If you’re going to have someone direct your big, broad, totally gory Helm’s Deep knockoff Episode, it might as well be the director of Dog Soliders, The Descent and Centurion (not to mention the mastermind behind Season Two’s epic, “Blackwater”). Marshall doesn’t just get to go really HUGE (sporting what appears to be a much bigger budget than his previous set of war games), but is also tasked with delivering a reminder that Game of Thrones can actually be “fun”. Despite being mostly effective from a storytelling perspective (Jaime’s weird rapeiness aside), this season has seen probably one too many grim moments; an emotional barrage that has left a good portion of the audience (readers and non-readers alike) slightly jaded. Marshall’s injection of the fantastical (giants! wooly mammoths!) is a much-needed breath of fresh air and a welcome respite from the seemingly all-encompassing cloud of gloom that has hung over much of Season Four. (more…)
In this past week’s Episode (“The Mountain and the Viper”), Tyrion Lannister relayed a story to his brother Jaime about their cousin, Orson Lannister*. Orson was a simple boy, dropped on his head and left mentally handicapped, who delighted in smashing beetles in the garden. The speech served for some fans as not only a commentary on the relentless cruelty the people of Westeros face on a day-to-day basis, but also a critique of the seemingly heartless nature of George R.R. Martin’s storytelling. For those folks, Orson was a stand-in for Martin — a God-like simpleton avatar the show’s creators made up to analyze the writer’s barbaric death-dealing. And now, thanks to the glory of crowd-funding, fans can donate to Martin’s favorite charities for a chance at becoming a “Martyr”. In short, $20,000 will earn you a place in an upcoming Song of Ice and Fire novel, where you can become one of these beetles Martin gleefully smashes with a rock. (more…)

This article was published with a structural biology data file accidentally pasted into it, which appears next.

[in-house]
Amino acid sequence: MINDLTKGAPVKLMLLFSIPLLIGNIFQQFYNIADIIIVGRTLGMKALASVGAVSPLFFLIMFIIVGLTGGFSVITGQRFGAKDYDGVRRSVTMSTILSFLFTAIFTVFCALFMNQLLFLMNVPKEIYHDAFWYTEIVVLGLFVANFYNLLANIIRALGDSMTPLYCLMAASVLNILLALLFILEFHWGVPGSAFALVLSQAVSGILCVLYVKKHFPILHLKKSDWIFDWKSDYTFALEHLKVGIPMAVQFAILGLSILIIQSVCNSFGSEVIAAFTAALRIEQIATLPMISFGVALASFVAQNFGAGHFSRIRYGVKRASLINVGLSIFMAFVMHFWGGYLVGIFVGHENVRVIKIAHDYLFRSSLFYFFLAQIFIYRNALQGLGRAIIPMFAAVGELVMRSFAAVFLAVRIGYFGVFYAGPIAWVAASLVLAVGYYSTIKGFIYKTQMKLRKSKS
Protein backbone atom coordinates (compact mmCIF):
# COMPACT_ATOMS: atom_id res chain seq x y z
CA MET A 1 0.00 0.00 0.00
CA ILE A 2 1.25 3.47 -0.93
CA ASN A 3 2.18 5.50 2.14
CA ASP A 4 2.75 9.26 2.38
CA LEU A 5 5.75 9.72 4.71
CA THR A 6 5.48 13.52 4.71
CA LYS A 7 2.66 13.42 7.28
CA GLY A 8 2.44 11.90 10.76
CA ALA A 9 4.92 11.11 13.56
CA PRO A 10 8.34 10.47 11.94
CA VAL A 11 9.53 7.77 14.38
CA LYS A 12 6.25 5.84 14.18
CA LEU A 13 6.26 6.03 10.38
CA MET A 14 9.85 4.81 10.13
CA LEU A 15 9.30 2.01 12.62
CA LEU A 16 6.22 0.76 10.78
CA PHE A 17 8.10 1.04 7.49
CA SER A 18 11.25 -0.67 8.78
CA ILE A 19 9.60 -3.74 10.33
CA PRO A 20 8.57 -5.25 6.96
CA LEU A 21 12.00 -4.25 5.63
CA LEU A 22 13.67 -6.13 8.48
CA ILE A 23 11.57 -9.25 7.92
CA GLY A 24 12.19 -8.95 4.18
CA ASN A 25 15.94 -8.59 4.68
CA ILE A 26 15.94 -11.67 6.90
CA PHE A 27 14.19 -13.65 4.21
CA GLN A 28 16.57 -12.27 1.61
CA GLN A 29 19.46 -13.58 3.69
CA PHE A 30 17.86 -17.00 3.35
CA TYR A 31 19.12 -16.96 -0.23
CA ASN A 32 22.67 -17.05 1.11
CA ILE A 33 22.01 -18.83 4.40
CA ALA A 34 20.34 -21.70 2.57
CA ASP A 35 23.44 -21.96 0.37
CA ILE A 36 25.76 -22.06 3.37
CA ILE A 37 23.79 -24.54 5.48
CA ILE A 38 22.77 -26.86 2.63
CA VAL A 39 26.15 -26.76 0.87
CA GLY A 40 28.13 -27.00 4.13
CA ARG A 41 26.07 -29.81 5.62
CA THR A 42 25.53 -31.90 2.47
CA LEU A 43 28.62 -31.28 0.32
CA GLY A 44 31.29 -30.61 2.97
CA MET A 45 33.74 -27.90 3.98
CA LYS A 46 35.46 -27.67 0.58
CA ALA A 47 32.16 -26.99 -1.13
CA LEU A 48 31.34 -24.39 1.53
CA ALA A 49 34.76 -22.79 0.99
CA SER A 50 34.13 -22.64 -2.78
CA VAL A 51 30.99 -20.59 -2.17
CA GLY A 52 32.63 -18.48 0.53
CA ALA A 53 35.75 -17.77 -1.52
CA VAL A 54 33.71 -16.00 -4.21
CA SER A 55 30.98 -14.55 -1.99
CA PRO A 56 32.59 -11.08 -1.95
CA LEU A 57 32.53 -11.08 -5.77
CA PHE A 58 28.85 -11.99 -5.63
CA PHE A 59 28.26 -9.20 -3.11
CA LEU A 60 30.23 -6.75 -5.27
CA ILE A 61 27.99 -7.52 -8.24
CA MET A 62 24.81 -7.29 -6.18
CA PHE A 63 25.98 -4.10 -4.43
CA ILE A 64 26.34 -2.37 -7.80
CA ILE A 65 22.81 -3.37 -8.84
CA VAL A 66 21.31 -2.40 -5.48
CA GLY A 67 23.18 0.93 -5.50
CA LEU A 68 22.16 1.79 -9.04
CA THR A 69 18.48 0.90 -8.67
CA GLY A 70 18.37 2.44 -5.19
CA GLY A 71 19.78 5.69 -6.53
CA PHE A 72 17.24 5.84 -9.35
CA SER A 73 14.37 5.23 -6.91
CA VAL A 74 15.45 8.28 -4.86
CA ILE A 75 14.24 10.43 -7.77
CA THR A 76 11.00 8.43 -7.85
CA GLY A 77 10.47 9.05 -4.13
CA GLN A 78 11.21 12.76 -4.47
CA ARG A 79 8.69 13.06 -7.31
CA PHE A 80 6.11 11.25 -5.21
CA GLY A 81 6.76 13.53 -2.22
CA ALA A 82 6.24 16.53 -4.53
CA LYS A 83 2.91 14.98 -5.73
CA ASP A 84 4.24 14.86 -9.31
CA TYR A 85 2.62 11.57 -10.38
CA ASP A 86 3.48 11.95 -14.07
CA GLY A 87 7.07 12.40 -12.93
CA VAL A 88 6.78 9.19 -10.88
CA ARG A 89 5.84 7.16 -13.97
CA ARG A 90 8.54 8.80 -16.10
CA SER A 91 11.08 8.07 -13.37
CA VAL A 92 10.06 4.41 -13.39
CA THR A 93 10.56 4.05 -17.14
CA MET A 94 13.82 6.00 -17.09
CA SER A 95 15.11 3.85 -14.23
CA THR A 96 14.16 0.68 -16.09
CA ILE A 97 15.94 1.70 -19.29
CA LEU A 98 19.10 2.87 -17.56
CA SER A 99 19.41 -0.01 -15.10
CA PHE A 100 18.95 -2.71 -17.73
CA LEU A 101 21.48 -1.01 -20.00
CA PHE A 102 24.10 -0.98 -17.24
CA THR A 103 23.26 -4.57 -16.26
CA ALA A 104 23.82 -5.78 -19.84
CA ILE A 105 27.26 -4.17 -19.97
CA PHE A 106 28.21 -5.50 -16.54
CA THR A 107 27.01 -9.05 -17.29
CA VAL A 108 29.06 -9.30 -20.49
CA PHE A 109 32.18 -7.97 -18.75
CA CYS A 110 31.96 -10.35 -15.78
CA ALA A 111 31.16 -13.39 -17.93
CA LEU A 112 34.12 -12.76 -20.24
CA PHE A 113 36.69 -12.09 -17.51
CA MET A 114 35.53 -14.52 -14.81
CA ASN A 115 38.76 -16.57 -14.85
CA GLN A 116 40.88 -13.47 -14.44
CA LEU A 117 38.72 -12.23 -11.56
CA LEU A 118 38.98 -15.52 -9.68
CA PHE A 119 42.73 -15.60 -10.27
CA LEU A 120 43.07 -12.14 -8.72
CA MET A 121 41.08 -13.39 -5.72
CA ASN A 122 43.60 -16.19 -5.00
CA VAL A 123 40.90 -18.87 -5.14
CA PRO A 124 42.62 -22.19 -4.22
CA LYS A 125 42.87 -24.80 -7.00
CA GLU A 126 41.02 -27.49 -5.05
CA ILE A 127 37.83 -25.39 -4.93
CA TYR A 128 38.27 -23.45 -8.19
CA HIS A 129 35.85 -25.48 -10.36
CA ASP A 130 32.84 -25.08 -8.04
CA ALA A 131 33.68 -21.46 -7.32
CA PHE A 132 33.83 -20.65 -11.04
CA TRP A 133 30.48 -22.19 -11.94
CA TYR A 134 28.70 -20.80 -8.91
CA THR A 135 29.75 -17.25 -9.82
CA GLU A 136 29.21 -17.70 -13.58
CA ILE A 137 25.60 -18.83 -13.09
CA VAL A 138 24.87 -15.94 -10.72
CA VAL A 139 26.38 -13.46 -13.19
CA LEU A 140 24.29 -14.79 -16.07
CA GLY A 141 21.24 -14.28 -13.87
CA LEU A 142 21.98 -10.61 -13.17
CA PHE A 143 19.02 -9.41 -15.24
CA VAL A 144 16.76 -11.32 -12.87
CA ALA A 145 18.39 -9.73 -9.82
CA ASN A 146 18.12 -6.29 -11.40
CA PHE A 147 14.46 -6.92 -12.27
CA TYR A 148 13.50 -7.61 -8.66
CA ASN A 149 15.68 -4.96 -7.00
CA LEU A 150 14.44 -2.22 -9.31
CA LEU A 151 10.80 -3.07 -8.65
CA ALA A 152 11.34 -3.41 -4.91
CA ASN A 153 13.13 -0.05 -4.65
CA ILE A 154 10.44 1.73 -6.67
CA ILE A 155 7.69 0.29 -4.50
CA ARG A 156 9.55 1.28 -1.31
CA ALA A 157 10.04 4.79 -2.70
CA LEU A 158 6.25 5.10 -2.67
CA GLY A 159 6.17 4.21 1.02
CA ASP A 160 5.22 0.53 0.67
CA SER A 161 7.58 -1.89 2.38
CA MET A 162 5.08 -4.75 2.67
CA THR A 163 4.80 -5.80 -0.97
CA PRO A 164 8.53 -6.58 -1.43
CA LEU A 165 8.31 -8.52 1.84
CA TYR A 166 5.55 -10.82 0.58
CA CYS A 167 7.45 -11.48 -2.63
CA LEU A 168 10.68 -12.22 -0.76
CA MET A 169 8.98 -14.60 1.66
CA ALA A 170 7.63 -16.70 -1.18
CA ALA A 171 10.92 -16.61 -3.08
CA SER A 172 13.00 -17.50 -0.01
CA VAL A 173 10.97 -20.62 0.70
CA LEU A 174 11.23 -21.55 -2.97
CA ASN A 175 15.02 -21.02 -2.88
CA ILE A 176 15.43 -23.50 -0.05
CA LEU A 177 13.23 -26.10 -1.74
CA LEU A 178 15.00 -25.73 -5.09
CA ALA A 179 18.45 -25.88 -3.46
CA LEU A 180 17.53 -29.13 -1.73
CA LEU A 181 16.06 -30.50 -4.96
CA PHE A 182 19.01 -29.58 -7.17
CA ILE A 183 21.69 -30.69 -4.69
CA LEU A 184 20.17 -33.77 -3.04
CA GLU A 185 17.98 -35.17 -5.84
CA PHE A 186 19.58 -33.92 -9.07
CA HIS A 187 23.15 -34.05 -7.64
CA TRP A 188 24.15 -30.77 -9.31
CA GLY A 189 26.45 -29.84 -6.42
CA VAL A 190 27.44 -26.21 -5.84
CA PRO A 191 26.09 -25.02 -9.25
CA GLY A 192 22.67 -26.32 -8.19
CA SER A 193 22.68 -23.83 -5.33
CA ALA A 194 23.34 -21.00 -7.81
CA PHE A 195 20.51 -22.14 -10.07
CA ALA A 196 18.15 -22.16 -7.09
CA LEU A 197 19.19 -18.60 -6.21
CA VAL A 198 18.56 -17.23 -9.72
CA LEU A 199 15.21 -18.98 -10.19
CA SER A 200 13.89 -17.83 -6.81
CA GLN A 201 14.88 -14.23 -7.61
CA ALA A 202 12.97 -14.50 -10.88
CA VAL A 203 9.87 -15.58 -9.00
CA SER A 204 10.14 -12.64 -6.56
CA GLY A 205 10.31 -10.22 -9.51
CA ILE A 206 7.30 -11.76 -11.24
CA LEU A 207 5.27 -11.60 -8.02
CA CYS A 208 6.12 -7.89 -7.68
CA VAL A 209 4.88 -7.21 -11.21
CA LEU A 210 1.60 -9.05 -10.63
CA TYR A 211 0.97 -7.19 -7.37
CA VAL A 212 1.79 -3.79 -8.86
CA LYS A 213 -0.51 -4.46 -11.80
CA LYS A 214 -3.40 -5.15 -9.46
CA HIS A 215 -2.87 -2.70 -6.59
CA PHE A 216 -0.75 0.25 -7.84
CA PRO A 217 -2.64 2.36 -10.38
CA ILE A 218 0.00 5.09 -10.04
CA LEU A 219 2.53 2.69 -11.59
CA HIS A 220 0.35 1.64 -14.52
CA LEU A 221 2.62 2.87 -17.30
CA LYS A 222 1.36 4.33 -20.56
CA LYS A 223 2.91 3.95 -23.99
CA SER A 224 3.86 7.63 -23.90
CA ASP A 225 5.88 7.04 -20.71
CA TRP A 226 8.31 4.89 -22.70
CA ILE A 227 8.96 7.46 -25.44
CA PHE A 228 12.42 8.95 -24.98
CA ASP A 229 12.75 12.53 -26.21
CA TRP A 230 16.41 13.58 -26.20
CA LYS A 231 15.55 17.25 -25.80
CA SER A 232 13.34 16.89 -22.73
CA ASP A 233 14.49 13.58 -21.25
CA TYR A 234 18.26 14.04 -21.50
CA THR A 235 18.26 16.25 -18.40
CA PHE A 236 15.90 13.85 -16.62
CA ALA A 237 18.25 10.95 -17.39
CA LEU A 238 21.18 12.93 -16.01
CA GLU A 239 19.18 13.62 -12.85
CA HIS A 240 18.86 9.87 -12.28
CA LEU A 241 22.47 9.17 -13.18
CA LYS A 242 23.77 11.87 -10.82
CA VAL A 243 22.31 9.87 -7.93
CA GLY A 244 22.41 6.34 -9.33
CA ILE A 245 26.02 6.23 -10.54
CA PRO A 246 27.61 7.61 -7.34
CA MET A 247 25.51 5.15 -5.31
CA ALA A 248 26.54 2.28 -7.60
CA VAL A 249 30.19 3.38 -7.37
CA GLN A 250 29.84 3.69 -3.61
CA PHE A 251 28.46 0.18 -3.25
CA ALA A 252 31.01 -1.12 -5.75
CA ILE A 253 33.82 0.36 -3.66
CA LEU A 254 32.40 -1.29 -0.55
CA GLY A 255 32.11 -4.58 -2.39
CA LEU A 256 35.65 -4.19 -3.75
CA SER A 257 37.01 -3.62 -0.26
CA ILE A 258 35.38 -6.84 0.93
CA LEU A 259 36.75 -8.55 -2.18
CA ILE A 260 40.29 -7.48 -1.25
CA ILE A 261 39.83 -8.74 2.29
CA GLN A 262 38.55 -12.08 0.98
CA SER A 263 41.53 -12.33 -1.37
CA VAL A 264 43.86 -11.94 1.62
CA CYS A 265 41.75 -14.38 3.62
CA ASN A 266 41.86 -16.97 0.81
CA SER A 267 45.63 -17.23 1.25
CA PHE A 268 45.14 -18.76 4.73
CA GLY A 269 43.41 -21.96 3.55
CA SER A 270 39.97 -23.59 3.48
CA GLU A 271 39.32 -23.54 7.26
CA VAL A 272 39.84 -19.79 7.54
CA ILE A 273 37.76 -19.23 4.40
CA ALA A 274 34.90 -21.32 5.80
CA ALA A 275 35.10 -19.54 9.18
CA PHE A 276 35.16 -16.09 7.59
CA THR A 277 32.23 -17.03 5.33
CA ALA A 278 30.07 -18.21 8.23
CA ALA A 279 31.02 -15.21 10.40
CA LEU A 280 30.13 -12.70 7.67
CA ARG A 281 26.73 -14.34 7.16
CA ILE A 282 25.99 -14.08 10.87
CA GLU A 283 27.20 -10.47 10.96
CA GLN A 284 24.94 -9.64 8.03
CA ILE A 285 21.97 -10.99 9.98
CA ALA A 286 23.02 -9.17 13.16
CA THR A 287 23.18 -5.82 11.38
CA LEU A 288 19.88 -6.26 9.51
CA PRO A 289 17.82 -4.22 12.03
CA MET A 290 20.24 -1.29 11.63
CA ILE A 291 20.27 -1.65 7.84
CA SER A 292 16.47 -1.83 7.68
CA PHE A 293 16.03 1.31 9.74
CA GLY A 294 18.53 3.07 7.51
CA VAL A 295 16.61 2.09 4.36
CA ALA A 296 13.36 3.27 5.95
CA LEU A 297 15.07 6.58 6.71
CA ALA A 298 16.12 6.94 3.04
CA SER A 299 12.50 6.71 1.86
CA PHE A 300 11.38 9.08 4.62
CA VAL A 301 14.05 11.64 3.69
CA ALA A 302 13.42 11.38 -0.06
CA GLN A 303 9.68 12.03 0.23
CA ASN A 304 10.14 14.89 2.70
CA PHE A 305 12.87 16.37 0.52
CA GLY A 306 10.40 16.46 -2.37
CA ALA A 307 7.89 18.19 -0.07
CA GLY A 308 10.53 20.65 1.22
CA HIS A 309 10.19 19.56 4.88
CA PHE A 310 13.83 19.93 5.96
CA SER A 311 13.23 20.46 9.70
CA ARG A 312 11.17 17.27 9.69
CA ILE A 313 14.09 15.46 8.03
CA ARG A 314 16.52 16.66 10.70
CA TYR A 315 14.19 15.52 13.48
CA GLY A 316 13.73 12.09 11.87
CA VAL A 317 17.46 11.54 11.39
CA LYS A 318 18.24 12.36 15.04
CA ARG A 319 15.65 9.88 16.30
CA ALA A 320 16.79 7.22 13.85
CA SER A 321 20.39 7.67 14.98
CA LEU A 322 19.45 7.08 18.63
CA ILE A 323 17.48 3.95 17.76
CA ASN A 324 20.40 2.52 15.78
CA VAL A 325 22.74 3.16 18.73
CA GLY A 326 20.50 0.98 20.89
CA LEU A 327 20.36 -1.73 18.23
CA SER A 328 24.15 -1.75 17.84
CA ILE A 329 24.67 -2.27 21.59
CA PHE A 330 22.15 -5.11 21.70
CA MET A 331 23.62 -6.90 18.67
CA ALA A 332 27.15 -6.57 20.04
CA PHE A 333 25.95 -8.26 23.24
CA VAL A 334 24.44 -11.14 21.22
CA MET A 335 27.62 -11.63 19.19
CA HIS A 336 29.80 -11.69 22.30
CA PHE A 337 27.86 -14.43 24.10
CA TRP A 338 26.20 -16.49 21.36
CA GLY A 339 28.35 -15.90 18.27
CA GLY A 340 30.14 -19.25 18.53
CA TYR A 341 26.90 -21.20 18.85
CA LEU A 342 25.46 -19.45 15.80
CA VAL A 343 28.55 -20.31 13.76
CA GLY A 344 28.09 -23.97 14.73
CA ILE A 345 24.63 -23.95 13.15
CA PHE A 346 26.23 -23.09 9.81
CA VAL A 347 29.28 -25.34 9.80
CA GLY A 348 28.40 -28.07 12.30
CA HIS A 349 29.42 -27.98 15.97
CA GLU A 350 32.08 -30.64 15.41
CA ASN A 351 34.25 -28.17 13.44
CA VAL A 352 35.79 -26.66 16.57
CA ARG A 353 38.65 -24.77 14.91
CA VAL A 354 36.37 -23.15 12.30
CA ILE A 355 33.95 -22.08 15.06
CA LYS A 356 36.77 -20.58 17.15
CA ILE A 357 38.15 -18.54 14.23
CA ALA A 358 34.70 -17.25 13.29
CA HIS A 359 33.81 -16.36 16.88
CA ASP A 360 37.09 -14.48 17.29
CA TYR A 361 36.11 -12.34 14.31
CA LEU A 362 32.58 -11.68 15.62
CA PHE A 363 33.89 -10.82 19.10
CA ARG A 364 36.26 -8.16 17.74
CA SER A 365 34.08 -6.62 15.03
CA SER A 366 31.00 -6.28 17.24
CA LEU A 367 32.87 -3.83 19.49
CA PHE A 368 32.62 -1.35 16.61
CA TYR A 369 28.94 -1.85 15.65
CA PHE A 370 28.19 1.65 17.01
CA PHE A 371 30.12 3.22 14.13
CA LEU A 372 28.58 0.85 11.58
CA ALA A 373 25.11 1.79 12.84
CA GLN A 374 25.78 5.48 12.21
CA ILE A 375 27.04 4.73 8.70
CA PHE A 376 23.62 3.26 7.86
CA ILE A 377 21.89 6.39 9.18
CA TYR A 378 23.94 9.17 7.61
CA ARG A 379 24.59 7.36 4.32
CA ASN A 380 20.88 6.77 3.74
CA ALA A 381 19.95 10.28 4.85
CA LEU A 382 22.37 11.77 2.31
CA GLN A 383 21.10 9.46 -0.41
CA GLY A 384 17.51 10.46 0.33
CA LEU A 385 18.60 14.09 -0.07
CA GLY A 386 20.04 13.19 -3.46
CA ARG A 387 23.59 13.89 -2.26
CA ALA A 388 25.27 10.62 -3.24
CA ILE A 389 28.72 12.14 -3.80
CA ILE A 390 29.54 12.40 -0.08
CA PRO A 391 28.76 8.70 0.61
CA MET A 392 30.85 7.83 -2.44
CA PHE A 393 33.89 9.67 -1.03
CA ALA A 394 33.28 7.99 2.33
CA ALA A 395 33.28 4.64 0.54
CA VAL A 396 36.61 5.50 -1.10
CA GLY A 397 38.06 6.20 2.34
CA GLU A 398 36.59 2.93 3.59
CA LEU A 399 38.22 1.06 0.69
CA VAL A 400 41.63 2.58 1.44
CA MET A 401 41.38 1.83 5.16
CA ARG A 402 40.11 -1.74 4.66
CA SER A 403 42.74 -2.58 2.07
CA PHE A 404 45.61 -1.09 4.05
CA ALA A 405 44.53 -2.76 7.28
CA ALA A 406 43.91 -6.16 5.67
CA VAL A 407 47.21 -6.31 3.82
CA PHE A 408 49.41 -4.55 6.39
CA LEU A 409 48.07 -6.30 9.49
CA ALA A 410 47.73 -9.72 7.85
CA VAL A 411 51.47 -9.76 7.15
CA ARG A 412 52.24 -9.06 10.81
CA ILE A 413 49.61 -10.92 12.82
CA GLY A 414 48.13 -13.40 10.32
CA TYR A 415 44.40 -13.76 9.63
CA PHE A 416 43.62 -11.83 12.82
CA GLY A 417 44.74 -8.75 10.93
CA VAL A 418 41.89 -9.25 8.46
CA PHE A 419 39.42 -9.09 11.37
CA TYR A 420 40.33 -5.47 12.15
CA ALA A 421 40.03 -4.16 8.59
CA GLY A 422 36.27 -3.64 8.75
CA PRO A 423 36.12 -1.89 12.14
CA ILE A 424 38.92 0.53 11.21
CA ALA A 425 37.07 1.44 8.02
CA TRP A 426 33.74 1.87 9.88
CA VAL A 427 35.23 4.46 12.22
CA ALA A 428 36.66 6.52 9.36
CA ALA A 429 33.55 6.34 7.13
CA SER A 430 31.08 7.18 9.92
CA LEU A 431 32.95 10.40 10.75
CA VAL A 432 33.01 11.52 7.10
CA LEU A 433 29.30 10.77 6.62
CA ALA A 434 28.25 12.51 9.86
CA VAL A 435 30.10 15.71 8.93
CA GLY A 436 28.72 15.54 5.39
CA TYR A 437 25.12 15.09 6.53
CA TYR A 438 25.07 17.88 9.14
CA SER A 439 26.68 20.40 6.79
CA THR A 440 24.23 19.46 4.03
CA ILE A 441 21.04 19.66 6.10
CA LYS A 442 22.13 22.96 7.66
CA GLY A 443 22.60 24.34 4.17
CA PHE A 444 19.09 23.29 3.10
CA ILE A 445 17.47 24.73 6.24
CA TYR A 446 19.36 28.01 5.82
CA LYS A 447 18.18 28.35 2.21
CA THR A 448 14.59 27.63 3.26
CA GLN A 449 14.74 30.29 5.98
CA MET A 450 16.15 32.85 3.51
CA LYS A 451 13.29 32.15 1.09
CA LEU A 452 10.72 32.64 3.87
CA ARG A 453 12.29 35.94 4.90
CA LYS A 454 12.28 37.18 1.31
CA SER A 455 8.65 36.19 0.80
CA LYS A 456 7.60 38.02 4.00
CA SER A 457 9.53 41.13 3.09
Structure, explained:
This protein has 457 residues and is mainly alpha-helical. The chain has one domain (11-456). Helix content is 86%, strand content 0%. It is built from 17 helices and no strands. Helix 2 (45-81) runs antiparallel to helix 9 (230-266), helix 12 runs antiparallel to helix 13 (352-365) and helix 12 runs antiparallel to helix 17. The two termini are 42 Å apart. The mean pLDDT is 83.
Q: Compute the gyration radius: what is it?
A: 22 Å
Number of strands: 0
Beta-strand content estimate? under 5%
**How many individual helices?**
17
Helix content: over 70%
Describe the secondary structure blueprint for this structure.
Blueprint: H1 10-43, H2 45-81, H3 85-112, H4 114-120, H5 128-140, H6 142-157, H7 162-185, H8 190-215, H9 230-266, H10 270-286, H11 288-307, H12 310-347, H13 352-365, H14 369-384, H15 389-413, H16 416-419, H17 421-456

Bad news for those who hate dragons, sex, dragon sex and/or dismemberment. It doesn’t look like Game of Thrones is going to be leaving HBO anytime soon, as a new ratings report indicates that the divisive fantasy series has officially become the most popular show in its history, beating The Sopranos, Sex and the City and everything else the critically acclaimed network has put into production. (more…)
We’ve all been waiting patiently for damn near three years now for George R.R. Martin to finish up the sixth book in his Song of Ice and Fire series. People are somewhat concerned that, at the pace Martin is going, he may pull a Robert Jordan and up-and-die on us before we get to read the end. Now, some rumors, hearsay and general sewing-circle chatter is suggesting that Song of Ice and Fire may actually end up being eight books instead of just seven. Scroll on for more. (more…)
Game of Thrones, whether you’re talking about the books or the television series, is rife with scenes of violence. Sometimes this violence pushes the boundaries of what many readers/viewers are comfortable with. This is, of course, why the scenes produce such strong emotional reactions and arguably what makes George R.R. Martin such a good writer. One particular aspect, however, has begun drawing attention – that of the sometimes graphic rape scenes. (more…)
Last week’s episode of HBO and George R.R. Martin‘s Game of Thrones had a controversial scene between Jaime and Cersei that had the Internet and Monday morning water-cooler conversation buzzing. Now George R.R. Martin has weighed in on the scene and the differences between the television show and the books it is inspired by. (more…)